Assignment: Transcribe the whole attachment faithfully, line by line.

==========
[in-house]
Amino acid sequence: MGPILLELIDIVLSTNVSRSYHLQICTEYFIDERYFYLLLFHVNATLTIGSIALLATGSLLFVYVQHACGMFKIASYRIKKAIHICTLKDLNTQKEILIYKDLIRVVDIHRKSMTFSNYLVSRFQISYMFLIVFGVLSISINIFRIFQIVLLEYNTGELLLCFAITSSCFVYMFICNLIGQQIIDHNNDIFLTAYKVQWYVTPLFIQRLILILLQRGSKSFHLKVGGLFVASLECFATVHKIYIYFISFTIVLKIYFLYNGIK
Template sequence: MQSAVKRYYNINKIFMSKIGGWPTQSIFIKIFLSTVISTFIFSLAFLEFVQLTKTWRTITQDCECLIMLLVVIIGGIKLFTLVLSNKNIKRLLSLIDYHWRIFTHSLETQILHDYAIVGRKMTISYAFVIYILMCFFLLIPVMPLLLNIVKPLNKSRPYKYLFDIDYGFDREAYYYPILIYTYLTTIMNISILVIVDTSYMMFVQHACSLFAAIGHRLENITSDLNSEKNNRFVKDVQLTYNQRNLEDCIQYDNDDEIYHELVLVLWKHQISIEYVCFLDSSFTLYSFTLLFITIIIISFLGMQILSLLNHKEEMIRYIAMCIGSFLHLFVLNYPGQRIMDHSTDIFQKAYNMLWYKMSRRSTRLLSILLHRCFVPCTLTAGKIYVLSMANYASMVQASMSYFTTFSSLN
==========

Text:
[in-house]
Amino acid sequence: MGPILLELIDIVLSTNVSRSYHLQICTEYFIDERYFYLLLFHVNATLTIGSIALLATGSLLFVYVQHACGMFKIASYRIKKAIHICTLKDLNTQKEILIYKDLIRVVDIHRKSMTFSNYLVSRFQISYMFLIVFGVLSISINIFRIFQIVLLEYNTGELLLCFAITSSCFVYMFICNLIGQQIIDHNNDIFLTAYKVQWYVTPLFIQRLILILLQRGSKSFHLKVGGLFVASLECFATVHKIYIYFISFTIVLKIYFLYNGIK
Template sequence: MQSAVKRYYNINKIFMSKIGGWPTQSIFIKIFLSTVISTFIFSLAFLEFVQLTKTWRTITQDCECLIMLLVVIIGGIKLFTLVLSNKNIKRLLSLIDYHWRIFTHSLETQILHDYAIVGRKMTISYAFVIYILMCFFLLIPVMPLLLNIVKPLNKSRPYKYLFDIDYGFDREAYYYPILIYTYLTTIMNISILVIVDTSYMMFVQHACSLFAAIGHRLENITSDLNSEKNNRFVKDVQLTYNQRNLEDCIQYDNDDEIYHELVLVLWKHQISIEYVCFLDSSFTLYSFTLLFITIIIISFLGMQILSLLNHKEEMIRYIAMCIGSFLHLFVLNYPGQRIMDHSTDIFQKAYNMLWYKMSRRSTRLLSILLHRCFVPCTLTAGKIYVLSMANYASMVQASMSYFTTFSSLN